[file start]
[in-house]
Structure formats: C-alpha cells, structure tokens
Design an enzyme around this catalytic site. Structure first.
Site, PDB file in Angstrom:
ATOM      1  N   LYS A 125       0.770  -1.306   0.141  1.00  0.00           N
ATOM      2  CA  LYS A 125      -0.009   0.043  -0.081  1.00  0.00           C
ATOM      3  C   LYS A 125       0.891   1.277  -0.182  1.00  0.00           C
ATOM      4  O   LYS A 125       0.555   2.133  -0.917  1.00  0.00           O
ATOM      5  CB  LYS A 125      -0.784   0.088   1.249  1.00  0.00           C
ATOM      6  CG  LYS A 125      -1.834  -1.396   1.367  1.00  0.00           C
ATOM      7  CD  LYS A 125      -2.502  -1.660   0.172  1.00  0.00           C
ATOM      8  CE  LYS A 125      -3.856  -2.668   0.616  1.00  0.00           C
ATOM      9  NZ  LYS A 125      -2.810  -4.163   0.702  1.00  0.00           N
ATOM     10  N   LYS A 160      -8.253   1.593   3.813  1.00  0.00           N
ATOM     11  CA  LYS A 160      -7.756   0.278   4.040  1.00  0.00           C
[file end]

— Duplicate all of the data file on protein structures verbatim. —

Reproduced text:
[in-house]
Structure formats: C-alpha cells, structure tokens
Design an enzyme around this catalytic site. Structure first.
Site, PDB file in Angstrom:
ATOM      1  N   LYS A 125       0.770  -1.306   0.141  1.00  0.00           N
ATOM      2  CA  LYS A 125      -0.009   0.043  -0.081  1.00  0.00           C
ATOM      3  C   LYS A 125       0.891   1.277  -0.182  1.00  0.00           C
ATOM      4  O   LYS A 125       0.555   2.133  -0.917  1.00  0.00           O
ATOM      5  CB  LYS A 125      -0.784   0.088   1.249  1.00  0.00           C
ATOM      6  CG  LYS A 125      -1.834  -1.396   1.367  1.00  0.00           C
ATOM      7  CD  LYS A 125      -2.502  -1.660   0.172  1.00  0.00           C
ATOM      8  CE  LYS A 125      -3.856  -2.668   0.616  1.00  0.00           C
ATOM      9  NZ  LYS A 125      -2.810  -4.163   0.702  1.00  0.00           N
ATOM     10  N   LYS A 160      -8.253   1.593   3.813  1.00  0.00           N
ATOM     11  CA  LYS A 160      -7.756   0.278   4.040  1.00  0.00           C